What happens now is that if you allow them to discontinue service before that process is run, you're essentially stranding a bunch of shippers on those lines that are about to be abandoned. I think that's a mistake. Reasonable people can differ on that issue. That might be a place where you allow communities to take over those lines immediately or for other parties to come in and run them, on a reasonable basis, as short-lines.

Short-lines get squeezed for both their operating revenue and their capital requirements. This is probably worth spending some time on, probably more time than we have today.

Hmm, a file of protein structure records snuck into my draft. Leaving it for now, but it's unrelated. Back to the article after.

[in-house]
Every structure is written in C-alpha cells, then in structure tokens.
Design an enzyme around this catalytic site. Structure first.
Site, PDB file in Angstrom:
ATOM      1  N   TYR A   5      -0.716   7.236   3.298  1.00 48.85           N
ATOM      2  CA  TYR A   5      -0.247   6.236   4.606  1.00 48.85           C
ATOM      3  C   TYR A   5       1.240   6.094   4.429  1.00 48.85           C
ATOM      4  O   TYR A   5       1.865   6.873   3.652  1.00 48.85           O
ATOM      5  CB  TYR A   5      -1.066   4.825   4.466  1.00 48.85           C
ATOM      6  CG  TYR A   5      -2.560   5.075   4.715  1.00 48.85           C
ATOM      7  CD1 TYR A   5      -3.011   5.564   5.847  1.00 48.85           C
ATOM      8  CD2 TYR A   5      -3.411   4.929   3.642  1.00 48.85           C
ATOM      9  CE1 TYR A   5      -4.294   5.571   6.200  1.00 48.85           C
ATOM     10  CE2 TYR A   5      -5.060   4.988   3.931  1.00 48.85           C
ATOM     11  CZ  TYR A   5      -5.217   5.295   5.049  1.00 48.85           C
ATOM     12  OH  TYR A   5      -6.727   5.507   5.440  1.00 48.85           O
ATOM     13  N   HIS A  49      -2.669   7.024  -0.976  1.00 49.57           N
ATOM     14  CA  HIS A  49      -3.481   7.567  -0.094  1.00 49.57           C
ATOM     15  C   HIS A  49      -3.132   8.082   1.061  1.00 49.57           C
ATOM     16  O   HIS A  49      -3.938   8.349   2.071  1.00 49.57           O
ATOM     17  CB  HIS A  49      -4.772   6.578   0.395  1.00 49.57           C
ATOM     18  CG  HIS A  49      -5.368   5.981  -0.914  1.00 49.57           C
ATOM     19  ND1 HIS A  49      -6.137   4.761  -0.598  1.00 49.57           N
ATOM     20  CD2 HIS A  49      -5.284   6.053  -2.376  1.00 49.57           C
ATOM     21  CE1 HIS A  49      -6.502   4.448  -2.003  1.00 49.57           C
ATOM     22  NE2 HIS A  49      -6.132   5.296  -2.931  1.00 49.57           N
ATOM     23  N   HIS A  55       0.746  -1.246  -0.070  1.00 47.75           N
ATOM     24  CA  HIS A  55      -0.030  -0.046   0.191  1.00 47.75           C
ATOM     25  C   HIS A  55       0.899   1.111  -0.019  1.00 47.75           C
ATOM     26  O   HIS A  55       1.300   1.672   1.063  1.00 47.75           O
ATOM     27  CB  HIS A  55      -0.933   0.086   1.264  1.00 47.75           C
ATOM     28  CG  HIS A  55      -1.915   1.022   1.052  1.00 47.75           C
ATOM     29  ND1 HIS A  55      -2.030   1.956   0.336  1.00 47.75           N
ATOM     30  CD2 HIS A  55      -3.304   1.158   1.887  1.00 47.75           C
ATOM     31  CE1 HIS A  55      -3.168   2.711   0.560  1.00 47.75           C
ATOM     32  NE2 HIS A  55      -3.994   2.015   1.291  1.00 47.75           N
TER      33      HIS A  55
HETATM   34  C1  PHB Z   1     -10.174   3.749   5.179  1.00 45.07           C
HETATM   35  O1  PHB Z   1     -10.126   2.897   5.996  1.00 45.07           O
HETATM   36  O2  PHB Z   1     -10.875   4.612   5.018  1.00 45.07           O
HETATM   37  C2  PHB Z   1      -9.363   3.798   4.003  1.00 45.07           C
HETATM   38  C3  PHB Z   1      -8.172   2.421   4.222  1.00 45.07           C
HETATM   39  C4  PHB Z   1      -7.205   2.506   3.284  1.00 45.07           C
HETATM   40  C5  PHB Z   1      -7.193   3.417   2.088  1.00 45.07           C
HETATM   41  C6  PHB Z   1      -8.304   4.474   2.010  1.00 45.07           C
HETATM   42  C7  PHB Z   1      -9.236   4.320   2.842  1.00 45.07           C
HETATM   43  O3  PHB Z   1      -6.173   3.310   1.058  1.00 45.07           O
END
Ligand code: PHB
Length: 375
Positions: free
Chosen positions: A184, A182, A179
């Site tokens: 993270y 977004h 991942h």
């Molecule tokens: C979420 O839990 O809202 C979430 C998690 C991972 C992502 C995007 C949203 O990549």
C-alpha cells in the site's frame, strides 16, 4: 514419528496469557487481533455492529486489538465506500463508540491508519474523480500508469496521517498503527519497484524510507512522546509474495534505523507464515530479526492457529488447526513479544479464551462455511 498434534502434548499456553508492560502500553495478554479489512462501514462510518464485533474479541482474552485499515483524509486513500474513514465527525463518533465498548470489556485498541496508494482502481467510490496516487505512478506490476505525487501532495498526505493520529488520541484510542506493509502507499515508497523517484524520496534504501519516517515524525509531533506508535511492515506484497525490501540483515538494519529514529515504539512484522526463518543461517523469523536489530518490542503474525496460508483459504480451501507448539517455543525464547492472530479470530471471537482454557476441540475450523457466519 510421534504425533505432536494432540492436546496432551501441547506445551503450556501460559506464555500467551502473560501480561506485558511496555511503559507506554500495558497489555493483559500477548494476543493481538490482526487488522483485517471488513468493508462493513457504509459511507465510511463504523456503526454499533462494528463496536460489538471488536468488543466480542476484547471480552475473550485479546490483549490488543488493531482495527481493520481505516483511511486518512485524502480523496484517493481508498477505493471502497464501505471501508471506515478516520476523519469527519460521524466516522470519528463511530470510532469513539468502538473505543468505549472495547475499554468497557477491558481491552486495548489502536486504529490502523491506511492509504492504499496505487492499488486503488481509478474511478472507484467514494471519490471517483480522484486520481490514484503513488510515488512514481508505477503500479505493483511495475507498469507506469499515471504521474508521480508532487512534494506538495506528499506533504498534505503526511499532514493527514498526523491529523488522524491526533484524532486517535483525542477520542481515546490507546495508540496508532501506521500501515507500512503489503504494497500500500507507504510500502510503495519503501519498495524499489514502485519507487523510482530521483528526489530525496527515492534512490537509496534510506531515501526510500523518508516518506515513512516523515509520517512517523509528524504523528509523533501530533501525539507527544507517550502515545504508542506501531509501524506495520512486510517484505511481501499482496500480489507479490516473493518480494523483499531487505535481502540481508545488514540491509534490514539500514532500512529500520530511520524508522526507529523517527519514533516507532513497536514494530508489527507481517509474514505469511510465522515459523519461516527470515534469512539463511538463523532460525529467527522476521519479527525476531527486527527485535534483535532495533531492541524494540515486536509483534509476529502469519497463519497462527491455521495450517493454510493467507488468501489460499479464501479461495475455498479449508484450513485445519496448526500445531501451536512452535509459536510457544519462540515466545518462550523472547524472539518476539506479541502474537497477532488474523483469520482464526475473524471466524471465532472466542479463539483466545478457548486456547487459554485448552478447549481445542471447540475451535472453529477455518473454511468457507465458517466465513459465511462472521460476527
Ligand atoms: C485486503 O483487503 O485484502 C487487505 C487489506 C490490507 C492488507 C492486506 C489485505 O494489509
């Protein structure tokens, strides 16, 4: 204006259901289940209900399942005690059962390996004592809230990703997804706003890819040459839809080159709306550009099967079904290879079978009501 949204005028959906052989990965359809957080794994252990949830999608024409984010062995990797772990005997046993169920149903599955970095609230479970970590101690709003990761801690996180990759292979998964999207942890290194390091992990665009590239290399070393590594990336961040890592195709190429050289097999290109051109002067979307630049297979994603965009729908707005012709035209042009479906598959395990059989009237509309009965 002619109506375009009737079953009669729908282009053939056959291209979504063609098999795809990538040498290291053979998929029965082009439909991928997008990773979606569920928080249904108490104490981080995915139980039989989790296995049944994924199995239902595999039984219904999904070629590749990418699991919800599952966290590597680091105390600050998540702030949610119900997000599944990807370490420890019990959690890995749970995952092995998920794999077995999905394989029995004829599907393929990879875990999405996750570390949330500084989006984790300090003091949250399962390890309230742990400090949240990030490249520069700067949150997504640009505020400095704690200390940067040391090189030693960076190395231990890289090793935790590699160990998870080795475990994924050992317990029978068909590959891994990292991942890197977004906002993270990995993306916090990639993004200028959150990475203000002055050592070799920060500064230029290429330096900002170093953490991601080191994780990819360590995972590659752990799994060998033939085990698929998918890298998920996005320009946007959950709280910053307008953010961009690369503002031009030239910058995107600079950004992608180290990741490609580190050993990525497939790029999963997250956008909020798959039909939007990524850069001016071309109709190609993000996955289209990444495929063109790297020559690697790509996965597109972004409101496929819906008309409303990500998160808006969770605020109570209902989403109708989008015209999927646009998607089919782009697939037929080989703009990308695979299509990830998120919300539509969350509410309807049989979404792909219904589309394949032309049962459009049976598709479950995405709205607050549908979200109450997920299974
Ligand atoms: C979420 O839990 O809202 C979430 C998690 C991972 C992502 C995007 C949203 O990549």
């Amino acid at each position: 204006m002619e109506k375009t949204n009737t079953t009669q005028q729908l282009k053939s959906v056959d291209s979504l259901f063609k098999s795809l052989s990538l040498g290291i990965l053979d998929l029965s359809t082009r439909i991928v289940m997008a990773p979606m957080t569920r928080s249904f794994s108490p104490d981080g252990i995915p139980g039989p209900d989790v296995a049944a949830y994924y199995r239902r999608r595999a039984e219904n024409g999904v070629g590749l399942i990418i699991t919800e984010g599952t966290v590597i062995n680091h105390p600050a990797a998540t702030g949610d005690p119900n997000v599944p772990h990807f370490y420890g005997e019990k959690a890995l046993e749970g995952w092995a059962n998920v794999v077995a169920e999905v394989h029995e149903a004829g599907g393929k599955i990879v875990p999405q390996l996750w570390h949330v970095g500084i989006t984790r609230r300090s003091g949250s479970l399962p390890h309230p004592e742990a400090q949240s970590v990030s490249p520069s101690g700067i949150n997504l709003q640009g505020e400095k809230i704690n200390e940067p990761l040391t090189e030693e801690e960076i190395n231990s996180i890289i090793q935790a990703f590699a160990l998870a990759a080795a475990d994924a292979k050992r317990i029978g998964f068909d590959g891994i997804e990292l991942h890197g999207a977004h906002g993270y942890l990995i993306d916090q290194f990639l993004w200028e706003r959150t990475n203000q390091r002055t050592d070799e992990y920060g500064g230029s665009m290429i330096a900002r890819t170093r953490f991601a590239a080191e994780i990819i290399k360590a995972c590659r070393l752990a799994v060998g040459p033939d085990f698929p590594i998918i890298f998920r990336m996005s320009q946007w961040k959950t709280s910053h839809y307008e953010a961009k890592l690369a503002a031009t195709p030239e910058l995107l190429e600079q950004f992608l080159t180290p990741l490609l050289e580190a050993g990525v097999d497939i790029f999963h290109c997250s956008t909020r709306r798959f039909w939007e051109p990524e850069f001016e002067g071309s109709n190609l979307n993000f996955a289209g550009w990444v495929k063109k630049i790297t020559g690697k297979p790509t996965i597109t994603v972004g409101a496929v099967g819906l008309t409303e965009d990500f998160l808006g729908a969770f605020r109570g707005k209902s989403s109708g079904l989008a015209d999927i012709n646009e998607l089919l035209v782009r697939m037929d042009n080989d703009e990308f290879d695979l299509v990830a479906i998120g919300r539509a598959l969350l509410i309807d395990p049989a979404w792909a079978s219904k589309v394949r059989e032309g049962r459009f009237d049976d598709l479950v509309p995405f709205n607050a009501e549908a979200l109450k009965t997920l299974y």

2:25 p.m.

Liberal

David Graham Liberal Laurentides—Labelle, QC

We heard from the short-lines yesterday that their operating ratio is in the 98% range, as opposed to the large carriers being in the 50% range.

I'll come back to another question I've asked a number of panellists, and I'll open it up to everybody.

We were told by the large railways that any company that has access to trucks is basically not a captive client. I'm wondering what your thoughts are on that.